Hawaii: Police Department Protected Woman-Beating Cop – Covered Up His Crimes Caught On Video – Taxpayers Held Liable
Honolulu, HI — As frequent readers of the Free Thought Project understand, law enforcement families experience domestic violence at nearly four times the rate of non-cop families. What’s more, as the following case illustrates, many estimate this number is likely higher due to the fact that the abusive officers are often protected by the thin blue line who silence victims and shield officers.
The taxpayers of Honolulu, Hawaii have found out this week that they will be shelling out $320,000 to pay for the domestic violence doled out by one of their “finest.” The reason for the taxpayers footing the bill is due to the fact that the department helped cover for the officer’s alleged abuse for years.
According to the lawsuit, officer Darren Cachola choked his wife in 2017 then pushed her against a wall and terrorized two years later after she filed for divorce. Despite making numerous reports, according to the lawsuit, Cachola’s fellow officers at the Honolulu police department refused to investigate her injuries and went so far as to discourage her from filing charges.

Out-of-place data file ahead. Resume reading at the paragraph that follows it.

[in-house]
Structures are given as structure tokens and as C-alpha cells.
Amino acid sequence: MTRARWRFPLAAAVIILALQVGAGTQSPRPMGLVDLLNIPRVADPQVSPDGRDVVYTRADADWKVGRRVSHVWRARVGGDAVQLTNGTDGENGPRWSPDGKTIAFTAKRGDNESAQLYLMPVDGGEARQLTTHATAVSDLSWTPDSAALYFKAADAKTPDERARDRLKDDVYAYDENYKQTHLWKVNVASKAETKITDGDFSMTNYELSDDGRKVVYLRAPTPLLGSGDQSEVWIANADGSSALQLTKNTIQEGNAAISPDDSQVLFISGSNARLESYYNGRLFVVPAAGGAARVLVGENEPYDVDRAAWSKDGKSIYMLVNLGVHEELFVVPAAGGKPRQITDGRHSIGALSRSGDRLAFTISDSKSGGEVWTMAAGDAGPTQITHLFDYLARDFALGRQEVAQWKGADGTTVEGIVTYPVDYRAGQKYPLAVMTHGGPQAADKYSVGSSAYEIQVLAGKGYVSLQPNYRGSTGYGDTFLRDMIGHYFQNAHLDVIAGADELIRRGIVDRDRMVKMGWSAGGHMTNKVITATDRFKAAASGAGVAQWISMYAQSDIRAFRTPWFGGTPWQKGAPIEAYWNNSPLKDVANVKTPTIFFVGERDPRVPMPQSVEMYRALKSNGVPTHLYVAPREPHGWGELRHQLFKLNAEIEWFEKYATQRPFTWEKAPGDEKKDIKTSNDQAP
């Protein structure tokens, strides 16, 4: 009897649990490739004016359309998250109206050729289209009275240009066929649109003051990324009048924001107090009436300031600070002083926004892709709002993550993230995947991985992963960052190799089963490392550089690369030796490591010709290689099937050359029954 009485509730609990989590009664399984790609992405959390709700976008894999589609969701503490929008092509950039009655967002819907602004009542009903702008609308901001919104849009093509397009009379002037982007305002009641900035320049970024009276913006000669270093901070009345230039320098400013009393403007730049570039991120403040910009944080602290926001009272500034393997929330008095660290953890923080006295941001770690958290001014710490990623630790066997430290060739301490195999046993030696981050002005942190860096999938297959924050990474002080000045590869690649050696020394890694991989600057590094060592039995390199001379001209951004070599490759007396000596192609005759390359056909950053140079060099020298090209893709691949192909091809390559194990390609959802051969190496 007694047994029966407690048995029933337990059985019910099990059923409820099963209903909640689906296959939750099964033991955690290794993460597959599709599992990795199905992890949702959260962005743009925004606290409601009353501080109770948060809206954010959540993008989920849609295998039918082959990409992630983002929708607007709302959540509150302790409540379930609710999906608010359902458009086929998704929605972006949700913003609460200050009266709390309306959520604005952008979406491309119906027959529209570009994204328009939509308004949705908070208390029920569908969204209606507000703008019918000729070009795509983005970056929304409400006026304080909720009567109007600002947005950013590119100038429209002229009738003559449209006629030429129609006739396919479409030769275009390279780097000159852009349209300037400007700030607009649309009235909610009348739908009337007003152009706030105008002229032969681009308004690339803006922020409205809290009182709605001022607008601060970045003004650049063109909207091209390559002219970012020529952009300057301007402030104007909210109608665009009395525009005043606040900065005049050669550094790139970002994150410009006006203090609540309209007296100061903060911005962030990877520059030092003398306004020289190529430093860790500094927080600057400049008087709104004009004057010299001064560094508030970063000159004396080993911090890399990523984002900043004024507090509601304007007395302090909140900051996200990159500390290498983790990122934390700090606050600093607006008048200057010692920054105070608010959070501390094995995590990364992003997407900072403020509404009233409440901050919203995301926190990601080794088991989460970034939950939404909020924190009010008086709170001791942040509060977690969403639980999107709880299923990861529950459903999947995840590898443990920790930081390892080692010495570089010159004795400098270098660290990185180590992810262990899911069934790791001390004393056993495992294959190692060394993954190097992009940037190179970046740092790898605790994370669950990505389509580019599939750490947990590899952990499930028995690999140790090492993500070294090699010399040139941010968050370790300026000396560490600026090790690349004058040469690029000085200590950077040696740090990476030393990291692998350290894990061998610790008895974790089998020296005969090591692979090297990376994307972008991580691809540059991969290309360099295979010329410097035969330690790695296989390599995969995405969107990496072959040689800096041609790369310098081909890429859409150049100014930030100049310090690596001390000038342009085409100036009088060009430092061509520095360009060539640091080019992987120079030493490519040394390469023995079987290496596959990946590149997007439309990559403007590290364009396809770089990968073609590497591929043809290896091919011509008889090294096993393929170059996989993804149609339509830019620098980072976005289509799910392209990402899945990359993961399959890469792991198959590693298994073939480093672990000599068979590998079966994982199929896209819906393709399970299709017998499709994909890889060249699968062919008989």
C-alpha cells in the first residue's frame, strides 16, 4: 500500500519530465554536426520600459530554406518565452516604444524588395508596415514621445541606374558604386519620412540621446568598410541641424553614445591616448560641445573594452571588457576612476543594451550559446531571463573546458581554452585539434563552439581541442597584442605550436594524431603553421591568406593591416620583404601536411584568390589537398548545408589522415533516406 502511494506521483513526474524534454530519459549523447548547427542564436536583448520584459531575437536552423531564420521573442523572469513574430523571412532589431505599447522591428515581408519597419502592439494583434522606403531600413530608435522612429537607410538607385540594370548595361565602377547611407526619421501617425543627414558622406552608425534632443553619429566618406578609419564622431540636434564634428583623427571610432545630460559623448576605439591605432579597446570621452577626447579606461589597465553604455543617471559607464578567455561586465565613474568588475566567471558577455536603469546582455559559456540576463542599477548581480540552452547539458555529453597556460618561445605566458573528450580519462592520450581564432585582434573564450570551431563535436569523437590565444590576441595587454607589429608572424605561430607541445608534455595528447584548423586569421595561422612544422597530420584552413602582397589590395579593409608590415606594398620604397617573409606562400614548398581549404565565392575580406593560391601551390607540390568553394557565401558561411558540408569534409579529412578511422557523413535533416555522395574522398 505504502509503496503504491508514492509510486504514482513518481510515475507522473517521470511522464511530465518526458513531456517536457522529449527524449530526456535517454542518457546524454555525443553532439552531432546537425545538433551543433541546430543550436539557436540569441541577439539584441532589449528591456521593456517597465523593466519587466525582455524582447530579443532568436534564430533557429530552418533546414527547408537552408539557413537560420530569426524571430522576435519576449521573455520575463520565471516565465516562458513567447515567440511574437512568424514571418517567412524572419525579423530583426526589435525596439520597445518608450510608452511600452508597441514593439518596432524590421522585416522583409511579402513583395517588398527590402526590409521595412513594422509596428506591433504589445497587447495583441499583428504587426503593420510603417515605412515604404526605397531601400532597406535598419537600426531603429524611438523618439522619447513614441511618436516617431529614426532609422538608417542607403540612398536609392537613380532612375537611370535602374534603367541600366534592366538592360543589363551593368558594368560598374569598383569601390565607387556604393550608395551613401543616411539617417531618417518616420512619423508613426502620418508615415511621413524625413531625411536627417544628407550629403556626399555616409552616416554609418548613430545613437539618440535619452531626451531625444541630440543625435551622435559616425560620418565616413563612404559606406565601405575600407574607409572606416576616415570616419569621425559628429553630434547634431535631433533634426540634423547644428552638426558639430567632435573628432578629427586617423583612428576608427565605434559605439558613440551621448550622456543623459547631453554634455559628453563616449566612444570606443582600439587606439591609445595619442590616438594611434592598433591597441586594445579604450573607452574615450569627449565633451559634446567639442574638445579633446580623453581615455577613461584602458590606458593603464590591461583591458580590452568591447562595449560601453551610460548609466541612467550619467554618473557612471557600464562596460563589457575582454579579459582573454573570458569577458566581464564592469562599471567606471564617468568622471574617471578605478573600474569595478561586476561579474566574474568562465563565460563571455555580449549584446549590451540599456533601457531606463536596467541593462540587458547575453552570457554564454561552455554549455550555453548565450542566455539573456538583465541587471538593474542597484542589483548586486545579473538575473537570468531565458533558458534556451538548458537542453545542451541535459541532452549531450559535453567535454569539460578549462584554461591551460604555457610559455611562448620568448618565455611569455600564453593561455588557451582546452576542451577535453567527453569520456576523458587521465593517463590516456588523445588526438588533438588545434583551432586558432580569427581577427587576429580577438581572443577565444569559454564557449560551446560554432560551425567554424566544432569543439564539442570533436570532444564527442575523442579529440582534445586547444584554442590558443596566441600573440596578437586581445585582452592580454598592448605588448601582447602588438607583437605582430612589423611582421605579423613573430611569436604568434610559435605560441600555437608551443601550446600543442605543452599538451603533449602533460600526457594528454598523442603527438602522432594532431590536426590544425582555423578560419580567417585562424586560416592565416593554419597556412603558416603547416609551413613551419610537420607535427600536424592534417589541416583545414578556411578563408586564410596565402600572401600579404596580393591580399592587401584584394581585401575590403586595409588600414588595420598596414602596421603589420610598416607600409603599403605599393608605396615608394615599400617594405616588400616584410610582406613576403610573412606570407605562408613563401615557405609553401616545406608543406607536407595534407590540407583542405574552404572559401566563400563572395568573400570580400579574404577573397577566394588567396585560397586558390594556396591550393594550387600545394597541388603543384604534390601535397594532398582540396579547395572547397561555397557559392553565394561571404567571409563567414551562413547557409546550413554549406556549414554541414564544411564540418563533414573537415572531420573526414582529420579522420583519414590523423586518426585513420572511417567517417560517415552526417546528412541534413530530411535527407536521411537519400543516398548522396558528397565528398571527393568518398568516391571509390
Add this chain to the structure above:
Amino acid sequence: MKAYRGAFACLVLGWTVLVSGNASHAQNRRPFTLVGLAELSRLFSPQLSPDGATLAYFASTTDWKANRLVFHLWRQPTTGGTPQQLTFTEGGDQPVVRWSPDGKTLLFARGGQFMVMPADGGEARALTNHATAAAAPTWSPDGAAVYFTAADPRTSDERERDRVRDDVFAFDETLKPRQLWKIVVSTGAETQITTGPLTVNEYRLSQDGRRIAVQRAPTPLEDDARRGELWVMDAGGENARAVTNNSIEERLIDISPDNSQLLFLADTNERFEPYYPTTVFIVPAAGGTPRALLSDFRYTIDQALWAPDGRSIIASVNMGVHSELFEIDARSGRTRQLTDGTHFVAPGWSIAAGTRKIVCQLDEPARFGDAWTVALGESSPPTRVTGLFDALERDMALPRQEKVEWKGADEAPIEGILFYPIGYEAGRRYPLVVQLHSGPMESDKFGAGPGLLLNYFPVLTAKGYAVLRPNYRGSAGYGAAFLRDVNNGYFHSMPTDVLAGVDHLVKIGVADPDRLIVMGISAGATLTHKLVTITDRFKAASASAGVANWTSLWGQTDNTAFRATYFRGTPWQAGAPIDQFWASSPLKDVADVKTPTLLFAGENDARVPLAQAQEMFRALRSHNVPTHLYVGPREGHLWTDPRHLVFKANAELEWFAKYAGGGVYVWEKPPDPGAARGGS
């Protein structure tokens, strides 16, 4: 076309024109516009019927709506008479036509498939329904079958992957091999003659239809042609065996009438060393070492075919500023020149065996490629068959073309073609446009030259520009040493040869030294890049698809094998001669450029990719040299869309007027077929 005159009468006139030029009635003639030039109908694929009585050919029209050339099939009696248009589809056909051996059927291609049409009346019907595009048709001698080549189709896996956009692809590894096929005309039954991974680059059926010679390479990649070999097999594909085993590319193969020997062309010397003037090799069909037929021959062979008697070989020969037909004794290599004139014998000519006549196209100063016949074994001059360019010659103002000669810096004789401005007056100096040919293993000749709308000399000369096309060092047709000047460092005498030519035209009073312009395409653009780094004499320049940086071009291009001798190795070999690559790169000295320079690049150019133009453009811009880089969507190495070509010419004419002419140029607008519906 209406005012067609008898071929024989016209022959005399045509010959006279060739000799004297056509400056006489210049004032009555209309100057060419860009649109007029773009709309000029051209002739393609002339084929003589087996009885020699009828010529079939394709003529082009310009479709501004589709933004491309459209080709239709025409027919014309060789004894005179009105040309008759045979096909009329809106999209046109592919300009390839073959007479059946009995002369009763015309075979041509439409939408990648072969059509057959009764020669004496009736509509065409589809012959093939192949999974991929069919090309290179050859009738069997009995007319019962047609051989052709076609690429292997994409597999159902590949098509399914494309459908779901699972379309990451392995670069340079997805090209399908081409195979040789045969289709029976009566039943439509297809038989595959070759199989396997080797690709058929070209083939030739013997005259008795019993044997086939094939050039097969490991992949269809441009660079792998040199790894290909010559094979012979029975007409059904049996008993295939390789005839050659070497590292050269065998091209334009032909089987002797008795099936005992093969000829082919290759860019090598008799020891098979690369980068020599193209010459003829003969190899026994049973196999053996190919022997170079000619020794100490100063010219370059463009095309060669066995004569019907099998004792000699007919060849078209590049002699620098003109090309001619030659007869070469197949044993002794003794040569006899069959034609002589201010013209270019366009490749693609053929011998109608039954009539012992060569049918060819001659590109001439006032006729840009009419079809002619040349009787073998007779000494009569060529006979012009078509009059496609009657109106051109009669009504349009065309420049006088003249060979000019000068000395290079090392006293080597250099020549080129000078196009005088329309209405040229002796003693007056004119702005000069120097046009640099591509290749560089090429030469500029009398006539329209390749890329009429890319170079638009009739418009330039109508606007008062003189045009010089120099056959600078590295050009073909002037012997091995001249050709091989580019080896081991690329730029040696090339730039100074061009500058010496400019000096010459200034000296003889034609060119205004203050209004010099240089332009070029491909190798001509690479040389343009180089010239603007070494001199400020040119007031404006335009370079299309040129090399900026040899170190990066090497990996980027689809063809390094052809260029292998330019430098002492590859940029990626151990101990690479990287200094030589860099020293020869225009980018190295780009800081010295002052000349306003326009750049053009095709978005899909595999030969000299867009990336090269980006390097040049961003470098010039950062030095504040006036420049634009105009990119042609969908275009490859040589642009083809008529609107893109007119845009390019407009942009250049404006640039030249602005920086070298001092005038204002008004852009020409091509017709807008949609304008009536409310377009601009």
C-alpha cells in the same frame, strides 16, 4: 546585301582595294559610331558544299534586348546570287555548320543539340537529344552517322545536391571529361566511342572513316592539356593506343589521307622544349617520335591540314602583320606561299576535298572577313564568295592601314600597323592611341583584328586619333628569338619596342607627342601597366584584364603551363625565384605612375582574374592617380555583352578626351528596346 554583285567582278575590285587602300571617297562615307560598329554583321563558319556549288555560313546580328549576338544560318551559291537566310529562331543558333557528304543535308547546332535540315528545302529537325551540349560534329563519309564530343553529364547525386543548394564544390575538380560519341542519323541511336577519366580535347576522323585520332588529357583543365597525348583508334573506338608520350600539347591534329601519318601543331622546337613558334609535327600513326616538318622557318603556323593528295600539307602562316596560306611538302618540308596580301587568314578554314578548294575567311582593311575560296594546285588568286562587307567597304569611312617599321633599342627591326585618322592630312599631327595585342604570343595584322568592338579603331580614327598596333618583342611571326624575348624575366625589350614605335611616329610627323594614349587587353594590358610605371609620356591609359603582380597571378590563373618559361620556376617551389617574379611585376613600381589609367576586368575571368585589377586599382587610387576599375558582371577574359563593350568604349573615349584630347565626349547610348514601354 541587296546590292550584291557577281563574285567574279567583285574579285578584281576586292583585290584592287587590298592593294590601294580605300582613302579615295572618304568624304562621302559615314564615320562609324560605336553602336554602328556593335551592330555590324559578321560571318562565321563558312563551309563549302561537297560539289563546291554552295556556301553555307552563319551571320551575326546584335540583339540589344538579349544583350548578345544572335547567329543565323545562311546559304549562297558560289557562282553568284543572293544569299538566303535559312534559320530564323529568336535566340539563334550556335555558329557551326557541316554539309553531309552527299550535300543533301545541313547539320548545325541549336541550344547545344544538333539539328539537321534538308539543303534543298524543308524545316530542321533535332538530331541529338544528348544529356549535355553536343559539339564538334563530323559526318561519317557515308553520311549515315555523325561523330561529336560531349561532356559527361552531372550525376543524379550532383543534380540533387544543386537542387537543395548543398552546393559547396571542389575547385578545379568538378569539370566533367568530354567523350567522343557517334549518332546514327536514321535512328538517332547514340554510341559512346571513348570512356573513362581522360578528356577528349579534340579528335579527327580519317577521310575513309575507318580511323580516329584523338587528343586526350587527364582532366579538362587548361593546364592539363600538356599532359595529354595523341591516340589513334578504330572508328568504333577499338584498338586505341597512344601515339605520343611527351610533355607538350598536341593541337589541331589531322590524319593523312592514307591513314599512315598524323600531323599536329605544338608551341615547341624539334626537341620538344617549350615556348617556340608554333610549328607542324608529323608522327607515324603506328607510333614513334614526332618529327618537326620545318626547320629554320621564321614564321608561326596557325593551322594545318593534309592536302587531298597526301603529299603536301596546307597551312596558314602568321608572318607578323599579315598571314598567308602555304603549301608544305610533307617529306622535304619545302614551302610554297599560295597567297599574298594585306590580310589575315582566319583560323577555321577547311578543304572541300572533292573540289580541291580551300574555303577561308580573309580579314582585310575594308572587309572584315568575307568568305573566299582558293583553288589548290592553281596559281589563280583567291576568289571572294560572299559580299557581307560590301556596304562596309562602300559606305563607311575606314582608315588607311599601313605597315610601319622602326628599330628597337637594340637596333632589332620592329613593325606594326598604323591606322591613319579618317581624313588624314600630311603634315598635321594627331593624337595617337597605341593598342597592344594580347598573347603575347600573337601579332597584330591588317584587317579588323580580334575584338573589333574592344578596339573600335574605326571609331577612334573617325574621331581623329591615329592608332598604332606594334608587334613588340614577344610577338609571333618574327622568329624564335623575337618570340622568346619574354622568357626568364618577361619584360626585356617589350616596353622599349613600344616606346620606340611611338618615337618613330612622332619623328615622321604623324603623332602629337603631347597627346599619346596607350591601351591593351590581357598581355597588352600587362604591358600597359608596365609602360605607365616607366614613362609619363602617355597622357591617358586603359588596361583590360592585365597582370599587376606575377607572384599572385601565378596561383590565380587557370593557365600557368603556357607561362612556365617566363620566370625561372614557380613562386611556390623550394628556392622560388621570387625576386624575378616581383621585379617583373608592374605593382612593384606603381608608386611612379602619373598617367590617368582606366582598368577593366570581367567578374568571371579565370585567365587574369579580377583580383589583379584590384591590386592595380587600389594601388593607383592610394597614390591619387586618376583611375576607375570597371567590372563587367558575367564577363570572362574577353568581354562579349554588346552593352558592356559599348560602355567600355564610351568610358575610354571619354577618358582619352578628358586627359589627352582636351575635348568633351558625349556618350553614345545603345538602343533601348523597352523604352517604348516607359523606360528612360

“Here’s the sad thing. This money is coming from taxpayers,” said Ken Lawson of the University of Hawaii Law School. “When the HPD does not enforce its own rules and allows officers … to come in and cover up for other officers in cases of domestic violence we end up paying for it.”
Indeed. Had the officers actually held Cachola accountable, or even investigated his wife’s claims, the taxpayers would not be on the hook right now.
Naturally, however, Cachola’s police union appointed attorney said his client did nothing wrong.
“There’s no admission of liability. He’s taken the position from day one that he did not do anything to his wife,” said attorney William Harrison.
This claim rings hollow, however, considering the fact that Cachola’s wife was not the first person to claim he beat her. In fact, the officer was captured on video at a local restaurant in a violent dispute with his girlfriend before her. Like they did for his wife, fellow officers covered it up and refused to file reports over it.